A letter to Cecelia Ahern

Dear Cecelia Ahern,

As my school year comes to a close, I have been thinking about the books I have read, and have chosen to reflect on my experience reading your book, One Hundred Names.

I truly found this book a wonderful lesson about how every person has a story to tell, and how a mere list of names can evolve into a diverse and lively group of individuals.

I would also like to thank you, for this book furthered my interest in becoming a journalist in the future, which really made your novel personal to me.

Throughout the book, I thoroughly enjoyed trying to piece together the story and how all the characters linked together. When I first picked it up, I was hoping for a mystery that I could attempt to solve alongside Kitty, which was exactly what I got. I found the message of the book very humbling, in that all men are of equal value.

Something I would like to ask you was, did Kitty write the story Constantine wanted her to? I wonder if this was Constantine’s test of Kitty’s ability to find a story in anything- a wonderful quality for a journalist to have.

I honestly loved the way that the group of (seemingly) randomly selected people bonded together so beautifully, and despite the fact that they knew little about each other to begin with, they were so kind and supportive, such as when the entire group of characters turned out to support the two sailing friends attempting to break a world record. I genuinely found it touching, what unwavering support they had for each other, in particular because I really value friendship, and feel that it is vital to building the successful communication skills needed to work in teams,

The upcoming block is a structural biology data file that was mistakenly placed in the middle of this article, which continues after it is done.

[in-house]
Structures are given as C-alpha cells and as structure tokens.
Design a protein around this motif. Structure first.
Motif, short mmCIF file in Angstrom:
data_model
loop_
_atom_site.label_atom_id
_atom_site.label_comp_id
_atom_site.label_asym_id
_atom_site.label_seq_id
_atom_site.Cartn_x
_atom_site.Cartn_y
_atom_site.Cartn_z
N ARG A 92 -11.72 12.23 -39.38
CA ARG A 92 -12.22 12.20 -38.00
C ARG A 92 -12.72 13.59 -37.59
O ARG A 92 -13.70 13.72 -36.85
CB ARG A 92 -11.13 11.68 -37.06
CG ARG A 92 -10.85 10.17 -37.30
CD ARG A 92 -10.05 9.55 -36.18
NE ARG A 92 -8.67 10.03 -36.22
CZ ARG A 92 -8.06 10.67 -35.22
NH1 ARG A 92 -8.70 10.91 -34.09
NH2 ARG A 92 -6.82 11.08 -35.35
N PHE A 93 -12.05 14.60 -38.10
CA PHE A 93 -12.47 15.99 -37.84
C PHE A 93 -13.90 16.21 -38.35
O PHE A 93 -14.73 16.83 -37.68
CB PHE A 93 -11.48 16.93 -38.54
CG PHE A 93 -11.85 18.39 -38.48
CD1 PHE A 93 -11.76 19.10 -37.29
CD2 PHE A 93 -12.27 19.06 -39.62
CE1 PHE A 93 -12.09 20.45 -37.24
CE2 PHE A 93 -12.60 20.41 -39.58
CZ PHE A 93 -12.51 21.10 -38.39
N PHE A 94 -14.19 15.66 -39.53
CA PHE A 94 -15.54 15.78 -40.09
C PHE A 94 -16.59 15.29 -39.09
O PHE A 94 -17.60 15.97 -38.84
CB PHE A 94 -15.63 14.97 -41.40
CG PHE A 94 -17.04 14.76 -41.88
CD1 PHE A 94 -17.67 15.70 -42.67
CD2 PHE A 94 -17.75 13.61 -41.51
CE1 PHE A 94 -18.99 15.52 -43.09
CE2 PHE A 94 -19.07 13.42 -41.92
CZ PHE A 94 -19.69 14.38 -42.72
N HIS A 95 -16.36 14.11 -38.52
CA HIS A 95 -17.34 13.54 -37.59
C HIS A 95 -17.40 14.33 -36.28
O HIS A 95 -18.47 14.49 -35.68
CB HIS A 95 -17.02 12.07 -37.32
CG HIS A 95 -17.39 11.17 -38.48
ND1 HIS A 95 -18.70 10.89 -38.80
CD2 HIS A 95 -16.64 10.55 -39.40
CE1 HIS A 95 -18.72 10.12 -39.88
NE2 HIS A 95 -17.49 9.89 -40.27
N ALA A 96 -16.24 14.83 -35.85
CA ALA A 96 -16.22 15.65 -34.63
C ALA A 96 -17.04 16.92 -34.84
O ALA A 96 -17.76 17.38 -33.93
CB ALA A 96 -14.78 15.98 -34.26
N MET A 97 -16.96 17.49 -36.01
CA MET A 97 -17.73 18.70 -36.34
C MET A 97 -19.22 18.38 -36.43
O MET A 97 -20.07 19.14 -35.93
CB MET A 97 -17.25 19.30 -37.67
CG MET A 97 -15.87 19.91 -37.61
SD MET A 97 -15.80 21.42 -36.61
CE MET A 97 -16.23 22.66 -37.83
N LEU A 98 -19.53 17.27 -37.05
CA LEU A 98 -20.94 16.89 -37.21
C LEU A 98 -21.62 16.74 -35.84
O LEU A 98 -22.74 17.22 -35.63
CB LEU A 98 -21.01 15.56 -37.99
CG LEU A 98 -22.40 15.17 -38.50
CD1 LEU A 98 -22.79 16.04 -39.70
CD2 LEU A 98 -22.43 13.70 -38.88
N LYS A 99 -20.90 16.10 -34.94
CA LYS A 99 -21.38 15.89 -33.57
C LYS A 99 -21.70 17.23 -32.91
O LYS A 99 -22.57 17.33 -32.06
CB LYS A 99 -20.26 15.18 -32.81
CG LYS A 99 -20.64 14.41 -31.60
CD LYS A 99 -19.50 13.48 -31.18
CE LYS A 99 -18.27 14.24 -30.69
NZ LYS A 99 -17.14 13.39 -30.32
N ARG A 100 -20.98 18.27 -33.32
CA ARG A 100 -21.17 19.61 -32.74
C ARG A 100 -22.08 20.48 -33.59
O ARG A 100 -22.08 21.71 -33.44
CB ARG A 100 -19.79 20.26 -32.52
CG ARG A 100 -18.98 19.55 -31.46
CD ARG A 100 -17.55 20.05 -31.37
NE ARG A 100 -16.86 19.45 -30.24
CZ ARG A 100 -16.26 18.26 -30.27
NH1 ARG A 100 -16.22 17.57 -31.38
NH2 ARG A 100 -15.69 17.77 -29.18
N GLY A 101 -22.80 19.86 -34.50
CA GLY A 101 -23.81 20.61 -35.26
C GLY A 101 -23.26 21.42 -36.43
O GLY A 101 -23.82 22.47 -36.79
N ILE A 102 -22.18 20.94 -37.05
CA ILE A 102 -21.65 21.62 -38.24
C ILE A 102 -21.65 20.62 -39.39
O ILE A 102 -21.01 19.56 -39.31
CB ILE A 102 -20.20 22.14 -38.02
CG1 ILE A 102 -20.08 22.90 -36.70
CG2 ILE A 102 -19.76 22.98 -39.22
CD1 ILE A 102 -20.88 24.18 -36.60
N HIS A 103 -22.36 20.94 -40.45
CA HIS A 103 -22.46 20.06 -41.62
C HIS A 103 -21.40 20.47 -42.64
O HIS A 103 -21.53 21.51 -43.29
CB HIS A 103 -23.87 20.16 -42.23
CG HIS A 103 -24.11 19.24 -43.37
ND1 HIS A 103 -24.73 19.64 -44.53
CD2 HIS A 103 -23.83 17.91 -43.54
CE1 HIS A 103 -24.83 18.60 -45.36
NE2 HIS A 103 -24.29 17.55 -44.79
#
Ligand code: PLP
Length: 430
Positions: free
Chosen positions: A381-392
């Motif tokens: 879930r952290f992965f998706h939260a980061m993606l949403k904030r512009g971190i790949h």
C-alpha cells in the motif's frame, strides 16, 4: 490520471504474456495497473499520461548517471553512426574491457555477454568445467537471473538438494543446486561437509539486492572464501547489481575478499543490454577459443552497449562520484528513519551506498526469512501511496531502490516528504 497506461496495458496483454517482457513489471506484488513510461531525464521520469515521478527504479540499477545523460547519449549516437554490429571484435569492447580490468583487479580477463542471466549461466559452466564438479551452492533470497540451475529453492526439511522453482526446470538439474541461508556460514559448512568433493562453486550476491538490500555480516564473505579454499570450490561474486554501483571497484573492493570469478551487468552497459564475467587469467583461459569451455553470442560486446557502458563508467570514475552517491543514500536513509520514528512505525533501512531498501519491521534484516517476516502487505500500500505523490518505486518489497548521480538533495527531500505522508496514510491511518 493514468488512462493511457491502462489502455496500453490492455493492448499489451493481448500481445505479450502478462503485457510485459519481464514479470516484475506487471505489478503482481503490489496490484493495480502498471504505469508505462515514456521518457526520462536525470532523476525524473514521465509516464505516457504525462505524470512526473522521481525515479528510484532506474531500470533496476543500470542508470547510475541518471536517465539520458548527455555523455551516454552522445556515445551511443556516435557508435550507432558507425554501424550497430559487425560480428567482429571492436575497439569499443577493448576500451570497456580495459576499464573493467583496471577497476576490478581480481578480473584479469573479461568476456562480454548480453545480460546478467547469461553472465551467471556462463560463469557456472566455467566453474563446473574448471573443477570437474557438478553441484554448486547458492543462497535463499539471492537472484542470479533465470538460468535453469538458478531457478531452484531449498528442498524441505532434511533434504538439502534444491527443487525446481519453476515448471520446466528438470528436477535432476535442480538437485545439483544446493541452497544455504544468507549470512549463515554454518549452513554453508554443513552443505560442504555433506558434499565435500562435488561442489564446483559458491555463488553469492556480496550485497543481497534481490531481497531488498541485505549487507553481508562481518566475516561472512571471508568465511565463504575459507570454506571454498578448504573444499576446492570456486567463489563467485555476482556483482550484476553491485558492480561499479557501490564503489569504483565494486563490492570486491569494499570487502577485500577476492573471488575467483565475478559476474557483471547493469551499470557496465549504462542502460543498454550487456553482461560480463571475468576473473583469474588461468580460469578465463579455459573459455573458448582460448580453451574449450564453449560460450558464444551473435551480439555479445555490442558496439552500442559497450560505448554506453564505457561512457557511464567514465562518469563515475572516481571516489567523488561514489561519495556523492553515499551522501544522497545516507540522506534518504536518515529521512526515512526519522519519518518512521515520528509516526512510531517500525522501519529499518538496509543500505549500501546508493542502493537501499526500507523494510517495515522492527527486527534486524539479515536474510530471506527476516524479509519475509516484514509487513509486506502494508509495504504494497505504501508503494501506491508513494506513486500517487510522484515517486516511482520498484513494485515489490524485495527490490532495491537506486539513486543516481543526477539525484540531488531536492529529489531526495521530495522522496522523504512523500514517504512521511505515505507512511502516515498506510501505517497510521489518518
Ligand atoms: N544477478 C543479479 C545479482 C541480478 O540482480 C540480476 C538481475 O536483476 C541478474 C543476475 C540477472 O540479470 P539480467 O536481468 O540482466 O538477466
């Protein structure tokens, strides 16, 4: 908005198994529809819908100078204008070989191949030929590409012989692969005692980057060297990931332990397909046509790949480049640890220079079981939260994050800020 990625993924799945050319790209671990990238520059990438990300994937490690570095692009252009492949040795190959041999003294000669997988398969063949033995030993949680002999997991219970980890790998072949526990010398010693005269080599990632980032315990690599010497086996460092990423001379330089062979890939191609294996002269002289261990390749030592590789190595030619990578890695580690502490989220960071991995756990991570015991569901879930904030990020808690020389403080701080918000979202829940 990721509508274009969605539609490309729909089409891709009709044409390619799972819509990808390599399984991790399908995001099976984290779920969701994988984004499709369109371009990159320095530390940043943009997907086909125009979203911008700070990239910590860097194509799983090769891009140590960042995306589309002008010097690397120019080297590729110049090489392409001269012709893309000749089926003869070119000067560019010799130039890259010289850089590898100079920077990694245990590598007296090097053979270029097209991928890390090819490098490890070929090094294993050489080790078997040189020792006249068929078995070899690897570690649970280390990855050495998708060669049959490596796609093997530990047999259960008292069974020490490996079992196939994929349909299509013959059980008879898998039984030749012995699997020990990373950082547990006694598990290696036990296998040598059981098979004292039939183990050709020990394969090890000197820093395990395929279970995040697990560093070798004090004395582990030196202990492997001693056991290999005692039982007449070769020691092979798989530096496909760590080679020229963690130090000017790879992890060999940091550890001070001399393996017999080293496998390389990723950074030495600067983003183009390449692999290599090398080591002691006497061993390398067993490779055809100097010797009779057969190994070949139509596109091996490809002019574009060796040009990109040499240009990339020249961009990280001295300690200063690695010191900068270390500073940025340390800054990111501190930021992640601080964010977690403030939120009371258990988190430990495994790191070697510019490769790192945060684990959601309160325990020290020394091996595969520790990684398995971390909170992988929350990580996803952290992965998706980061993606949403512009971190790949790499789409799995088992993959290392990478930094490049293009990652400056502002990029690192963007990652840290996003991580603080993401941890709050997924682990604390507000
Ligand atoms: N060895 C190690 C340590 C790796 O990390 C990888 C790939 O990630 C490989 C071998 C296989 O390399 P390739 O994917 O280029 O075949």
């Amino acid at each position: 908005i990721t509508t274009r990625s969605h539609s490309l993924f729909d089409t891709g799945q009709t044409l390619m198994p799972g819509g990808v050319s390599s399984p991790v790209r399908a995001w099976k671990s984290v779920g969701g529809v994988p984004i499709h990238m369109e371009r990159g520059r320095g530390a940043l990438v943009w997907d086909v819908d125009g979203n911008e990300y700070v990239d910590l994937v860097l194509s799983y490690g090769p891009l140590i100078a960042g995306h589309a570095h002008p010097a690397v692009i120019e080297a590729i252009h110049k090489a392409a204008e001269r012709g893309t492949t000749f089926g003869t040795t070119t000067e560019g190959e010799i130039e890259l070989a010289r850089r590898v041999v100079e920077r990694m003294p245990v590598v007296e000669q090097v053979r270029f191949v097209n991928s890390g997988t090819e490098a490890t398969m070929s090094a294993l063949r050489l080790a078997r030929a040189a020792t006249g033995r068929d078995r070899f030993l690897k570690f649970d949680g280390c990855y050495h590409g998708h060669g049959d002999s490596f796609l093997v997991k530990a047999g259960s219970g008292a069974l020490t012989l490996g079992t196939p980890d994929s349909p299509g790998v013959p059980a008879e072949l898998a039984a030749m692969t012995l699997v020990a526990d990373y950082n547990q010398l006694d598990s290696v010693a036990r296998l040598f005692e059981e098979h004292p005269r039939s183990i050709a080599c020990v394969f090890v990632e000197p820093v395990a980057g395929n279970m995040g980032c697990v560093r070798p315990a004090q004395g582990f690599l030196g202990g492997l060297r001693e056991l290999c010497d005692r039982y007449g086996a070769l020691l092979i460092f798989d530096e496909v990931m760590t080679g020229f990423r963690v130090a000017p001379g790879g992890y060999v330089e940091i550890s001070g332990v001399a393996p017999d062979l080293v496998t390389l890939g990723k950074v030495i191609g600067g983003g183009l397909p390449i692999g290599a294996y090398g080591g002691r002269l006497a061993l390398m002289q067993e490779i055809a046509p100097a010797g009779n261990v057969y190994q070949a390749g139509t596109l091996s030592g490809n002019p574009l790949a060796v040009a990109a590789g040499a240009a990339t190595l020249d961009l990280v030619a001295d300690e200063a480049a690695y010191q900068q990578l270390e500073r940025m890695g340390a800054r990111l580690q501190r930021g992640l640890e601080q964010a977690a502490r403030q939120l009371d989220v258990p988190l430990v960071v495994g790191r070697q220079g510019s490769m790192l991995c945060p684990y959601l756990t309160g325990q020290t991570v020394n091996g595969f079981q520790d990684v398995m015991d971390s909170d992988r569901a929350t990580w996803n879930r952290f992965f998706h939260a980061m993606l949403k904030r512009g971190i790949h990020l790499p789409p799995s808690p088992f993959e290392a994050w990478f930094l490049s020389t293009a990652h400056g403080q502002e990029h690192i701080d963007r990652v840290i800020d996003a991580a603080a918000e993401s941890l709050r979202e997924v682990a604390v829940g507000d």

What was your inspiration for this book-did you know any journalists yourself? When or where did this spark ignite in your mind? I am very interested in creative writing, and also have a new interest in Psychology, and am therefore also fascinated by the way ideas form. Would you be able to link the idea to an experience you had, or perhaps to a story you were told?

Something else I would be interested to know about is your reading habits. How often do you read? How do you try to challenge yourself of a reader? As my summer holidays approach, I’ve compiled a list of books to read, and someone has also recommended another of your books: Love, Rosie. I would be fascinated to hear about your habits, , so that I could mimic them in order to broaden my vocabulary.

Another thing that would be of interest to me would be how you have found studying literature in school has aided you in your ascent up the literary world. Did you find the analysis helped you to get into the minds of your readers, and decide which techniques to use? Or was it simply a case of enjoyment? In the fairly near future I will be choosing between studying both language and literature, or just literature. I wonder how you would advise me? I am leaning towards taking both, as I think it would really help me in my quest to become a journalist or some occupation in the language world- would you agree?

Once again, I would like to thank you for your wonderful book, One Hundred Names, and inspiring me to pursue journalism, as I had already known I wanted to work with languages, and this book is truly what nudged me towards a more specific goal.

Yours sincerely,

Gemma.

( 599 words )

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